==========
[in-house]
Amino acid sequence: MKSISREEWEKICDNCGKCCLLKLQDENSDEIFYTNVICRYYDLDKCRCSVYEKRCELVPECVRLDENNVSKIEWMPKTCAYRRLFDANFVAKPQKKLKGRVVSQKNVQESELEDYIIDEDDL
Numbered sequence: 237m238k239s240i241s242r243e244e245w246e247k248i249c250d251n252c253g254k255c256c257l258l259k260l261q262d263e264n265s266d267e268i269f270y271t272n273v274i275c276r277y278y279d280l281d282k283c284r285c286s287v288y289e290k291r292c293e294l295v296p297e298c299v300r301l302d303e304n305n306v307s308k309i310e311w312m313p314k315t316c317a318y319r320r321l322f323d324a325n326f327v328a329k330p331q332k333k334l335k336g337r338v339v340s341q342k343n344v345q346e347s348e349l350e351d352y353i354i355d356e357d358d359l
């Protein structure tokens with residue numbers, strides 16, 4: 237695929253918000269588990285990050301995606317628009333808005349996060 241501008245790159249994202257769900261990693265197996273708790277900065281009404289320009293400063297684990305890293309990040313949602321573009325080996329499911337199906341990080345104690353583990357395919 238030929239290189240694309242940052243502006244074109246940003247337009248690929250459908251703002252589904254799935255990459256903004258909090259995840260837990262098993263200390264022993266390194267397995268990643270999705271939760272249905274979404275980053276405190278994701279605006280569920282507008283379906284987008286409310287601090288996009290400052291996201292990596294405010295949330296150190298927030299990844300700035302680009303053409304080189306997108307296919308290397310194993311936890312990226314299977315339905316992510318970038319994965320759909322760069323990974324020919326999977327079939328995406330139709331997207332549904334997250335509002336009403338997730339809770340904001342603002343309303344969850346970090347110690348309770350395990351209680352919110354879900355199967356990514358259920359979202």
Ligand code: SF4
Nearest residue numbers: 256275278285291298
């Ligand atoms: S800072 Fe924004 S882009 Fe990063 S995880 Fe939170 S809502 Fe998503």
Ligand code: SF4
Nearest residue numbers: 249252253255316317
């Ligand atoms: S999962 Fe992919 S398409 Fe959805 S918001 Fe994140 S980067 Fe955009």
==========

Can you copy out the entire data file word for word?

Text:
[in-house]
Amino acid sequence: MKSISREEWEKICDNCGKCCLLKLQDENSDEIFYTNVICRYYDLDKCRCSVYEKRCELVPECVRLDENNVSKIEWMPKTCAYRRLFDANFVAKPQKKLKGRVVSQKNVQESELEDYIIDEDDL
Numbered sequence: 237m238k239s240i241s242r243e244e245w246e247k248i249c250d251n252c253g254k255c256c257l258l259k260l261q262d263e264n265s266d267e268i269f270y271t272n273v274i275c276r277y278y279d280l281d282k283c284r285c286s287v288y289e290k291r292c293e294l295v296p297e298c299v300r301l302d303e304n305n306v307s308k309i310e311w312m313p314k315t316c317a318y319r320r321l322f323d324a325n326f327v328a329k330p331q332k333k334l335k336g337r338v339v340s341q342k343n344v345q346e347s348e349l350e351d352y353i354i355d356e357d358d359l
């Protein structure tokens with residue numbers, strides 16, 4: 237695929253918000269588990285990050301995606317628009333808005349996060 241501008245790159249994202257769900261990693265197996273708790277900065281009404289320009293400063297684990305890293309990040313949602321573009325080996329499911337199906341990080345104690353583990357395919 238030929239290189240694309242940052243502006244074109246940003247337009248690929250459908251703002252589904254799935255990459256903004258909090259995840260837990262098993263200390264022993266390194267397995268990643270999705271939760272249905274979404275980053276405190278994701279605006280569920282507008283379906284987008286409310287601090288996009290400052291996201292990596294405010295949330296150190298927030299990844300700035302680009303053409304080189306997108307296919308290397310194993311936890312990226314299977315339905316992510318970038319994965320759909322760069323990974324020919326999977327079939328995406330139709331997207332549904334997250335509002336009403338997730339809770340904001342603002343309303344969850346970090347110690348309770350395990351209680352919110354879900355199967356990514358259920359979202």
Ligand code: SF4
Nearest residue numbers: 256275278285291298
């Ligand atoms: S800072 Fe924004 S882009 Fe990063 S995880 Fe939170 S809502 Fe998503």
Ligand code: SF4
Nearest residue numbers: 249252253255316317
């Ligand atoms: S999962 Fe992919 S398409 Fe959805 S918001 Fe994140 S980067 Fe955009």